The final installment of our “Back to School Special” blog series provides some guidance into a very important, but often under-utilized resource: Financial Aid. Tracey Bauer provides a concise, informative primer on some financial assistance options you can use to pay for college. Enjoy!
Financial Aid – most of us have to deal with it; we just don’t understand it.
Well, just like the introductory courses you take in the early stages of your college career, it’s good to take a crash course in financial aid as well. To get the ball rolling on understanding your college finances, we welcome you to a brand new class entitled, “Financial Aid 101.”
Lesson Number 1: Definition of Financial Aid
This is any money you receive or earn to cover your educational costs.
Lesson Number 2: Common Types of Financial Aid
- Loans. Let’s face it, nobody wants to think about borrowing money they will just have to pay back later. However, sometimes education loans are a necessity to get you through college. Unfortunately, we are not all Scrooge McDuck, rolling in the gold and green. There are a number of loans available to college students. Stafford Loans (both subsidized and unsubsidized) and Perkins Loans are often provided by the government. Subsidized Stafford Loans are based on financial need. Interest will not accumulate if you are in school at least part time, as the government takes care of the loan interest payments during your enrollment.
Unsubsidized Stafford Loans are federal loans not based on financial need. Interest on this loan will accrue during enrollment, but does not have to be paid back until 6 months after graduation. The Perkins Loan is need-based. Your school will determine if you are eligible for this loan, and like the S-Stafford Loan it is subsidized, so you needn’t worry about the interest while in school. A great benefit of the Perkins loan is the lengthened grace period, which gives you 9 months after graduation before you begin repayment.
- Grants That’s right, “free money.” Grants are financial aid that you do not have to repay. The Pell Grant is available based on financial need, designed to encourage lower-income students to pursue higher education. On average, students receive $2,250 per semester, and may receive up to $5300. Several other grants are out there too. Some organizations provide grant money to their members. For example, this writer received $2000 per semester grants from the Office of Vocational Rehabilitation, which is an organization that assists in finding employment for and provides academic assistance to students.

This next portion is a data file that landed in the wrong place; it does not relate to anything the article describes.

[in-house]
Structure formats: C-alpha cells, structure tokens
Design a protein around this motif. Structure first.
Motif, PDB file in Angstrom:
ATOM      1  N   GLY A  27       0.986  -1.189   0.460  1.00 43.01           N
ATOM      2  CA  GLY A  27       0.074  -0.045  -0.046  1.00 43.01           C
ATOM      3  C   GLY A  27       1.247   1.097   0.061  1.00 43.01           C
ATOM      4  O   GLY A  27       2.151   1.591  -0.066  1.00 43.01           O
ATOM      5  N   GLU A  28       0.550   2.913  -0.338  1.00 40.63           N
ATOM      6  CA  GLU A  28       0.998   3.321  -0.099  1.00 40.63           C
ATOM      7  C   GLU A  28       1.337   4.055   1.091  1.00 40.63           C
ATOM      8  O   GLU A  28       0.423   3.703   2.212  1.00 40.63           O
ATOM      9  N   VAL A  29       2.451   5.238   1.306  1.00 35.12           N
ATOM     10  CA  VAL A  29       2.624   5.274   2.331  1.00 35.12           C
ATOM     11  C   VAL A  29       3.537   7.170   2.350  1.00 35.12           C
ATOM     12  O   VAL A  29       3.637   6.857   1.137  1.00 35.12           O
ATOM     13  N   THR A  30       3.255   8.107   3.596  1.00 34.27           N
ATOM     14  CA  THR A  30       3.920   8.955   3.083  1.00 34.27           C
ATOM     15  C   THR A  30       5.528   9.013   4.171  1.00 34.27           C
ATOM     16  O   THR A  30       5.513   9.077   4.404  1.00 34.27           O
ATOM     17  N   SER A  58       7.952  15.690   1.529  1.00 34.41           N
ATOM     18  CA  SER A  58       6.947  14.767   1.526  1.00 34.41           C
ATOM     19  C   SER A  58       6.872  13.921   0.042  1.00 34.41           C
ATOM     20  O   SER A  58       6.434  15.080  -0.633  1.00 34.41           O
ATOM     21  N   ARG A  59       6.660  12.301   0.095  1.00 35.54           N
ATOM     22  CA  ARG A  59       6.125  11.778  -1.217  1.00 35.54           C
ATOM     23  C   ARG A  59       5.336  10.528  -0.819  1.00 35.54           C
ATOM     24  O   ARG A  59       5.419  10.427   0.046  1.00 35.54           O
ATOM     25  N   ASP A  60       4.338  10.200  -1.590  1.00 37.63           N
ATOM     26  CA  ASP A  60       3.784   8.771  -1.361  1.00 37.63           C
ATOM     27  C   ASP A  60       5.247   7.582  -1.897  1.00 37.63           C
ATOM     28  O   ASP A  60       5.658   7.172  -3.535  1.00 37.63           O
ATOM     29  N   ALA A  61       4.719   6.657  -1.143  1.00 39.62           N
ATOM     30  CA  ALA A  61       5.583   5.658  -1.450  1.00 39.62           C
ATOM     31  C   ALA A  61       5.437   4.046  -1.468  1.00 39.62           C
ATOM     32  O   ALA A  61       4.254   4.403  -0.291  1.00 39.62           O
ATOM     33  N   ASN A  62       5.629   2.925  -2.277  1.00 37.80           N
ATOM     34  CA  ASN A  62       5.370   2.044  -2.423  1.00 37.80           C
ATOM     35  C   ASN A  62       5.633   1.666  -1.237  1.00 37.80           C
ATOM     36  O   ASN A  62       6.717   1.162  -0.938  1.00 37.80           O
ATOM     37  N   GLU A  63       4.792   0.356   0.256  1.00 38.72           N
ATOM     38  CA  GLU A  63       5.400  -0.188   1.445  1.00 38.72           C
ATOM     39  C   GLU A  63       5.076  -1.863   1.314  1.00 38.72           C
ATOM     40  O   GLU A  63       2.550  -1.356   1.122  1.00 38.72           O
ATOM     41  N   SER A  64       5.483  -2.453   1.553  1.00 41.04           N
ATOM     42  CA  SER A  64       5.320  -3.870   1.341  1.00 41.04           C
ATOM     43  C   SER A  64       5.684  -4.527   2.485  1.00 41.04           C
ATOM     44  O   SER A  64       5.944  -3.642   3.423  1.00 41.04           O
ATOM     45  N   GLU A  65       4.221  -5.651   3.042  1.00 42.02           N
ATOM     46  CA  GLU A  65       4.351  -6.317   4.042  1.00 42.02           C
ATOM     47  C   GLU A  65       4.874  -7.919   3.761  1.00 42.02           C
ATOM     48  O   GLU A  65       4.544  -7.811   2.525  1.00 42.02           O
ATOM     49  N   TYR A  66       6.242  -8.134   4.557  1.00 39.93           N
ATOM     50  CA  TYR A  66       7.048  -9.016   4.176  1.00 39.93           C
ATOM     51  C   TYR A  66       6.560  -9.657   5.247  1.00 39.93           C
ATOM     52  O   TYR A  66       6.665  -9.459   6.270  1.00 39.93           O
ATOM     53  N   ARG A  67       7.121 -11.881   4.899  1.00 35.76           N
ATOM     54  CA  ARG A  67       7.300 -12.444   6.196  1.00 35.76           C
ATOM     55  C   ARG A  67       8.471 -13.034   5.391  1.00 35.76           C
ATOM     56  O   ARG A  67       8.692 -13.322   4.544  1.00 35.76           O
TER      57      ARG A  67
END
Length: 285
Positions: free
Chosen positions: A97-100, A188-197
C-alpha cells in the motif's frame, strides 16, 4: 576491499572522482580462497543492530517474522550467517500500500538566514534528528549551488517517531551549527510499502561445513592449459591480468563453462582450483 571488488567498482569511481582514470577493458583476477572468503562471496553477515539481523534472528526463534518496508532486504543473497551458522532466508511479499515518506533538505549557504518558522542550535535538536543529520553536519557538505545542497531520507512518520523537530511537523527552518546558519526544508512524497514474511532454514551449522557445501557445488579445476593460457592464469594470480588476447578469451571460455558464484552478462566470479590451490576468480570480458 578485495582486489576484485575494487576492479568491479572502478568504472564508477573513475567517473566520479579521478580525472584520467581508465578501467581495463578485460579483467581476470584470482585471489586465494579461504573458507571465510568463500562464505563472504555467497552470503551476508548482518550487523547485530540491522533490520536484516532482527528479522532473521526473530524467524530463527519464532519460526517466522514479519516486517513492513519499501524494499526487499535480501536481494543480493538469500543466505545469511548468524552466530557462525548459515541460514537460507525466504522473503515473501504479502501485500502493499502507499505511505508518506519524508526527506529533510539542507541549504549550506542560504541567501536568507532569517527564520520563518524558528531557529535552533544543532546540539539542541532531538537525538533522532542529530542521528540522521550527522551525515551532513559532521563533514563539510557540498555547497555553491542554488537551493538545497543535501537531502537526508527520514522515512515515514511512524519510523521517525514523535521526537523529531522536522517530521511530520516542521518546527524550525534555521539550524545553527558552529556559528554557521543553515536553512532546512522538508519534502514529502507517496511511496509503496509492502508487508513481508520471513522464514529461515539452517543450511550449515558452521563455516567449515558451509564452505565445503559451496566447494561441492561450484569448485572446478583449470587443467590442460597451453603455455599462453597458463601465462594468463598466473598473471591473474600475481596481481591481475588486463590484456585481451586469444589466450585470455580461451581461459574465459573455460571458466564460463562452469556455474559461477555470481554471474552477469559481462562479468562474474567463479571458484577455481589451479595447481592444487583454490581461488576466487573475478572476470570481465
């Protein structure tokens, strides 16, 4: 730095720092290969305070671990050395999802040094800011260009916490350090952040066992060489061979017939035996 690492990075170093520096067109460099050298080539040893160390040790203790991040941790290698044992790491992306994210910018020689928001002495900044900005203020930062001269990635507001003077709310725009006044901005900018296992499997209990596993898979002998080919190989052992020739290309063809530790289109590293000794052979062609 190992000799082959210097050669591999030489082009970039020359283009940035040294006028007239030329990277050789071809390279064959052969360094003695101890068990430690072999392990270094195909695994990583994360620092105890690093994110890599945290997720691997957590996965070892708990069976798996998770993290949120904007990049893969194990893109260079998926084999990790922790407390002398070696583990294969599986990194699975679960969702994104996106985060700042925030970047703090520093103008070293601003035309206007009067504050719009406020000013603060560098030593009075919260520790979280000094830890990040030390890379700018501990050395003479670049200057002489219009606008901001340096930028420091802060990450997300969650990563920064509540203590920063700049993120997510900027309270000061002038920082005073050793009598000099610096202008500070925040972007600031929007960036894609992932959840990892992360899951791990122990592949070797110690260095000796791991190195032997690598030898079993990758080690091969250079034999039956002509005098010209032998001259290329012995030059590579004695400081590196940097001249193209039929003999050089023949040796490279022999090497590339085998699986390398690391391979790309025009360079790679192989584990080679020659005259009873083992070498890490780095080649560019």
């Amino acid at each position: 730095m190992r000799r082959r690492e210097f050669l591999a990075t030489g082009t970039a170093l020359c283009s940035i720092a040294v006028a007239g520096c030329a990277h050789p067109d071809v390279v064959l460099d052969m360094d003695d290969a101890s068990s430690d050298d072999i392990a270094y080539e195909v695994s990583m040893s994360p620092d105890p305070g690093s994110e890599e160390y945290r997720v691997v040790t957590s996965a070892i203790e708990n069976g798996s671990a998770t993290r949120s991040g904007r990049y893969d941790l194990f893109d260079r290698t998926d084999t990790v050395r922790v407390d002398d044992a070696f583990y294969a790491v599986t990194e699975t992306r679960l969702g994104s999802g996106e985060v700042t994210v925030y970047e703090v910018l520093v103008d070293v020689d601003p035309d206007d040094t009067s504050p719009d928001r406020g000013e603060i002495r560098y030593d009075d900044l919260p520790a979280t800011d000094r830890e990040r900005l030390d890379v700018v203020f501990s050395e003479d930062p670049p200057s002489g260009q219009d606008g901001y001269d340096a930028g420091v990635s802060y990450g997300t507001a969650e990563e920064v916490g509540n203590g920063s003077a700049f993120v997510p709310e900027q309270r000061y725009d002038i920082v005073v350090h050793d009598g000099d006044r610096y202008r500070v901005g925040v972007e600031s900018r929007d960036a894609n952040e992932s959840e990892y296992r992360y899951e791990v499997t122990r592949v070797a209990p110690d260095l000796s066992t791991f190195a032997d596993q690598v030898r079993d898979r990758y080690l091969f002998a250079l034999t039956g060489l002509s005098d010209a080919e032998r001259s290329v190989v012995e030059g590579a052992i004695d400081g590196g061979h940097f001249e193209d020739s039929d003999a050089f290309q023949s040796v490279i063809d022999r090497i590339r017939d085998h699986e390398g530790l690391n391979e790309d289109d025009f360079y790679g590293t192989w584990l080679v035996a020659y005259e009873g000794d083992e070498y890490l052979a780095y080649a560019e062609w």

- Workstudy This is a flexible, part-time work arrangement with your school. Positions are usually in academic offices, and sometimes they even involve grounds work with the maintenance department. These jobs vary from filing documents to cutting the grass on your college campus. Positions are highly competitive, however, so check your school’s website and bulletin boards early and often. The money earned from these jobs specifically goes toward education.
Now that you have a better idea of the financial aid that is available, be sure to fill out your FAFSA as accurately as possible. The FAFSA is the document that will lead you to receiving financial aid, and accurately completing it will help to give an idea of what you can receive for your educational pursuits. Should you have any questions, drop by for office hours in the solutions center. Financial Aid 101 class dismissed.
We hope you enjoyed this sixth and final installment of the “Back to School Special” series. Be sure to check out the entire series for information for a great school year, and beyond.
About the Author: Tracey Bauer, Blog Writer for Go Financial Aid, a financial aid consulting company that assists incoming and returning college students in receiving all Financial Aid by completing the required applications (FASFA, CSS Profile, Supplemental Forms) on-time and accurately.